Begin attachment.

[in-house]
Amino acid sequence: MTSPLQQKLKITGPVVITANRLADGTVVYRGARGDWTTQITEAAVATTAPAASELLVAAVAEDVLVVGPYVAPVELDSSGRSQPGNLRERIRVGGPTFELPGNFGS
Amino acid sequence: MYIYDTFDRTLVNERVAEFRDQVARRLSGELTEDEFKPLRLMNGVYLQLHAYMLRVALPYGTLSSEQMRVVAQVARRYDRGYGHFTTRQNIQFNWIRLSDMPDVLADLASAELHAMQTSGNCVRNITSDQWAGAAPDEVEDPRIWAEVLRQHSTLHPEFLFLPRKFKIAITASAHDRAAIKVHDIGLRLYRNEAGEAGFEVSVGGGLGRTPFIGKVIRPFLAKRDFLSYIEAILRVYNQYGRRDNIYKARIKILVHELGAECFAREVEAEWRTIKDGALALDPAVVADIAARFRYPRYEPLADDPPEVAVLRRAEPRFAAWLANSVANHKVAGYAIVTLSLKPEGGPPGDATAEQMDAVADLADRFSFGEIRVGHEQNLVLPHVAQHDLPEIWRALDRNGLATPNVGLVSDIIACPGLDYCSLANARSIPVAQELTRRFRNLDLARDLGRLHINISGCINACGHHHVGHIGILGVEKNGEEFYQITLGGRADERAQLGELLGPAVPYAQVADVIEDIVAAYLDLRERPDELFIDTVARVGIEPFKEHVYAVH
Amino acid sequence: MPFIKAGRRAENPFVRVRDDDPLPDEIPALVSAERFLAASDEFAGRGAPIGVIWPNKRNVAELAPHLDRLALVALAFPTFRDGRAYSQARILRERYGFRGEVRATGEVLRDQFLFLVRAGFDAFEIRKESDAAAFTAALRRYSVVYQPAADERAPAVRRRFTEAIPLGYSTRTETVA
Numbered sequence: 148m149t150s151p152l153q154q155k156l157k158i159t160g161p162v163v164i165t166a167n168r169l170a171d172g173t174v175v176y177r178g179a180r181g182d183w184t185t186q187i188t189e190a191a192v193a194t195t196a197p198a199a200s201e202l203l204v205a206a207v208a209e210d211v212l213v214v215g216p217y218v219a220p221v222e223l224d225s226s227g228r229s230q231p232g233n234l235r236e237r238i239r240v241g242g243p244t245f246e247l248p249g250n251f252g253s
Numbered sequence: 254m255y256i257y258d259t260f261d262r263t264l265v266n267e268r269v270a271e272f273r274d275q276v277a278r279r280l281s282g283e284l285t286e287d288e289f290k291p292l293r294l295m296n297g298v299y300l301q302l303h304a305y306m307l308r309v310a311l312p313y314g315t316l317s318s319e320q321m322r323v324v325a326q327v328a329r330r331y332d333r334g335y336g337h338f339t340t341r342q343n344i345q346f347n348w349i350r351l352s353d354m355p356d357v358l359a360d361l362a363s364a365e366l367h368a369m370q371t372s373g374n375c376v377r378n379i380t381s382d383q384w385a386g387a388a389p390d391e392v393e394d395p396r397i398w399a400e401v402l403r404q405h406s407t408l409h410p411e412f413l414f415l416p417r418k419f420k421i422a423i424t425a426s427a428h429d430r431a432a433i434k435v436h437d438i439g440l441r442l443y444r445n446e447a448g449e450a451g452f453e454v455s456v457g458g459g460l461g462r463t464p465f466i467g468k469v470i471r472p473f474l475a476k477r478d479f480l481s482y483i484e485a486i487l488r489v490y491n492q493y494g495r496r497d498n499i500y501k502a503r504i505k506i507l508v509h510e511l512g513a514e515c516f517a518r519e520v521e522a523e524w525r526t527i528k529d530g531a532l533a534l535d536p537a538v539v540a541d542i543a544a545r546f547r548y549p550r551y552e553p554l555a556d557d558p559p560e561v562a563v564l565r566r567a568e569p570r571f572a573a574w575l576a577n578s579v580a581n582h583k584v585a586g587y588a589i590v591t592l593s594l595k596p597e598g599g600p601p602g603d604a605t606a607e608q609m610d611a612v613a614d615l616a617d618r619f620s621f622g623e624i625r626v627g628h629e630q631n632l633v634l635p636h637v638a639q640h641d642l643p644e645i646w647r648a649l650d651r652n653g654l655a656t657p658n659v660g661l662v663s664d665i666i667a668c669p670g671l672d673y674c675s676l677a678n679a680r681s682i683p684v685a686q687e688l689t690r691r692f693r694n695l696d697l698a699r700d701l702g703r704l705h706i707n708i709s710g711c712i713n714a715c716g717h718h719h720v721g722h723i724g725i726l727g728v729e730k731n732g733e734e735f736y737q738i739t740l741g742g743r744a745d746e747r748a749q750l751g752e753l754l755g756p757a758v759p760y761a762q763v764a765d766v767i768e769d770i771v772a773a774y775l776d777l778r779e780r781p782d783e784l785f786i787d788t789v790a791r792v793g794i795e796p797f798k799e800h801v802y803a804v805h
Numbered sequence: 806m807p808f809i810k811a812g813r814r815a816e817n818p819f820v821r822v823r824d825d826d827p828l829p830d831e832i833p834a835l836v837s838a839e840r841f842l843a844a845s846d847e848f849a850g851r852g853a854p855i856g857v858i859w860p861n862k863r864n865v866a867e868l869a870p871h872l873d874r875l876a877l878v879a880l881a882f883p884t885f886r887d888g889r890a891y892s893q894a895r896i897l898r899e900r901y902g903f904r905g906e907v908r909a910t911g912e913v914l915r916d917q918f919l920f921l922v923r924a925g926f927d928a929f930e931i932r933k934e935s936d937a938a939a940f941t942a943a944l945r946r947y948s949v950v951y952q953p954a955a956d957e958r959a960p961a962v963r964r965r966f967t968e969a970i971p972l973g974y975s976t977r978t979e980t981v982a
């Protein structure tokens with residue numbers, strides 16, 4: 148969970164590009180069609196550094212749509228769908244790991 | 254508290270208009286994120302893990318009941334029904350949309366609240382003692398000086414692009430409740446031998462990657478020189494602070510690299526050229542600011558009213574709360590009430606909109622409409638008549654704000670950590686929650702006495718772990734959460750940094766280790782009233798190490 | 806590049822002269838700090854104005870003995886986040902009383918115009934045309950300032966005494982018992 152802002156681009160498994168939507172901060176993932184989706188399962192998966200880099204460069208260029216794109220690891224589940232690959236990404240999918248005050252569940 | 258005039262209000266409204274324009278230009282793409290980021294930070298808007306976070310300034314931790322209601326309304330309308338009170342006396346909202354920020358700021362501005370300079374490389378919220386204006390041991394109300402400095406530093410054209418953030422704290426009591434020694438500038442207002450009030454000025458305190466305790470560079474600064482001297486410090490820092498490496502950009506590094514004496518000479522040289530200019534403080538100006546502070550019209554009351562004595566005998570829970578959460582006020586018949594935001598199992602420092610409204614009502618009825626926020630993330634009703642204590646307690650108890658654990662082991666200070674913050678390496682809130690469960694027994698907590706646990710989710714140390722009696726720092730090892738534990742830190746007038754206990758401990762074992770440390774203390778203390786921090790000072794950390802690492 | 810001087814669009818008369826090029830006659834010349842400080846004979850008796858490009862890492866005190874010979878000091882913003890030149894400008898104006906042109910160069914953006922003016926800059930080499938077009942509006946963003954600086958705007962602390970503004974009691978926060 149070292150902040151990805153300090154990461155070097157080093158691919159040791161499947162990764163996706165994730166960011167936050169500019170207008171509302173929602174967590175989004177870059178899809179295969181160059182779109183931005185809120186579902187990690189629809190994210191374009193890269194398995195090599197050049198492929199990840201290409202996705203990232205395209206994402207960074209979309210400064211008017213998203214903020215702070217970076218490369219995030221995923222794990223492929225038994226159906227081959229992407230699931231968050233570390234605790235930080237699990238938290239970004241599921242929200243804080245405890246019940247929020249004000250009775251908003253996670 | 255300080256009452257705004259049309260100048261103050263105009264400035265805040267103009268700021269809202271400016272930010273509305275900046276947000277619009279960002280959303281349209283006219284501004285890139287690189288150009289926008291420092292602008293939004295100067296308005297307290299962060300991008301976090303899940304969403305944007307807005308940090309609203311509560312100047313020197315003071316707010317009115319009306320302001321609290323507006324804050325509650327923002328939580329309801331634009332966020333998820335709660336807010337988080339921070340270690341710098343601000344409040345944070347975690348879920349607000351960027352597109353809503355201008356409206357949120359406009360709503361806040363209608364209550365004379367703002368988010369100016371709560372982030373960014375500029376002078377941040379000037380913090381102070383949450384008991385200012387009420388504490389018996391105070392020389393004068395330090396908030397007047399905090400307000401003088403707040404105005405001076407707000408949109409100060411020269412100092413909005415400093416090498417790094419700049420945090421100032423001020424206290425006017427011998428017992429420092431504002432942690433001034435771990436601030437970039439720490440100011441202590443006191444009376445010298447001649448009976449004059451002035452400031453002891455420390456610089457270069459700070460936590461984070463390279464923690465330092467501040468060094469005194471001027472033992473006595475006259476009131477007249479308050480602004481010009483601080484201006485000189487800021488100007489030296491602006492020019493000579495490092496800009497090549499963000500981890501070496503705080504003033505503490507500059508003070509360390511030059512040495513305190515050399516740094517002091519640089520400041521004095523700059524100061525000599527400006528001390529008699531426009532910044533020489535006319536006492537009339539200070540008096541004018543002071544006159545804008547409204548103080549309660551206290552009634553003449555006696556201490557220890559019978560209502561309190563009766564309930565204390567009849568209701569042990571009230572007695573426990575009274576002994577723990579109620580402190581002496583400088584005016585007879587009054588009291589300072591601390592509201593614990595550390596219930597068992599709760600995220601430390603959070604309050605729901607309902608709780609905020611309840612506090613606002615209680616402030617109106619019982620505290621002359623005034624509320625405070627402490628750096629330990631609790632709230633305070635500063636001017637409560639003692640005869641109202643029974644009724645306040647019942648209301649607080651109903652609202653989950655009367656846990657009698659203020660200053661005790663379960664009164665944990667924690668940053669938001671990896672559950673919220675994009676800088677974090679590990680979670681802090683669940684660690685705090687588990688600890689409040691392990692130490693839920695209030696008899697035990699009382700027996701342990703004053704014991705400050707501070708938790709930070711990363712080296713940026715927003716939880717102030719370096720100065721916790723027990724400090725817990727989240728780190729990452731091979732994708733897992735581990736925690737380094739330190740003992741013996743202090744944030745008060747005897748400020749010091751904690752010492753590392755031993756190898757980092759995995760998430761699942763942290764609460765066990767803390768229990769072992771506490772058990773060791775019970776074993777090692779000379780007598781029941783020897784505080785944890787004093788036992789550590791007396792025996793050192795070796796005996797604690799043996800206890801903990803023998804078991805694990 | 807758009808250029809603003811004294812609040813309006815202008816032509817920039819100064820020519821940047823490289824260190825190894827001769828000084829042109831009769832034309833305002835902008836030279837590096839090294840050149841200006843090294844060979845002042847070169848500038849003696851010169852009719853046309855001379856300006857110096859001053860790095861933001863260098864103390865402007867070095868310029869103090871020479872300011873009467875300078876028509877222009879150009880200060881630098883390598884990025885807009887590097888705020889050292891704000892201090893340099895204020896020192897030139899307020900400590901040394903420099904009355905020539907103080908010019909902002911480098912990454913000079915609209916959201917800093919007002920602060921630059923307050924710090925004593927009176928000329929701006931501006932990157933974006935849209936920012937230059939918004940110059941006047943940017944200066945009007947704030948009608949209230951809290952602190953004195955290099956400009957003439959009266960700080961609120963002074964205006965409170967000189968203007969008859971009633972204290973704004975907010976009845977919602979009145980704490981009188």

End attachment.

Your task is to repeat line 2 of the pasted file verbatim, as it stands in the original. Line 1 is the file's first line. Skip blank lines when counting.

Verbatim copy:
Amino acid sequence: MTSPLQQKLKITGPVVITANRLADGTVVYRGARGDWTTQITEAAVATTAPAASELLVAAVAEDVLVVGPYVAPVELDSSGRSQPGNLRERIRVGGPTFELPGNFGS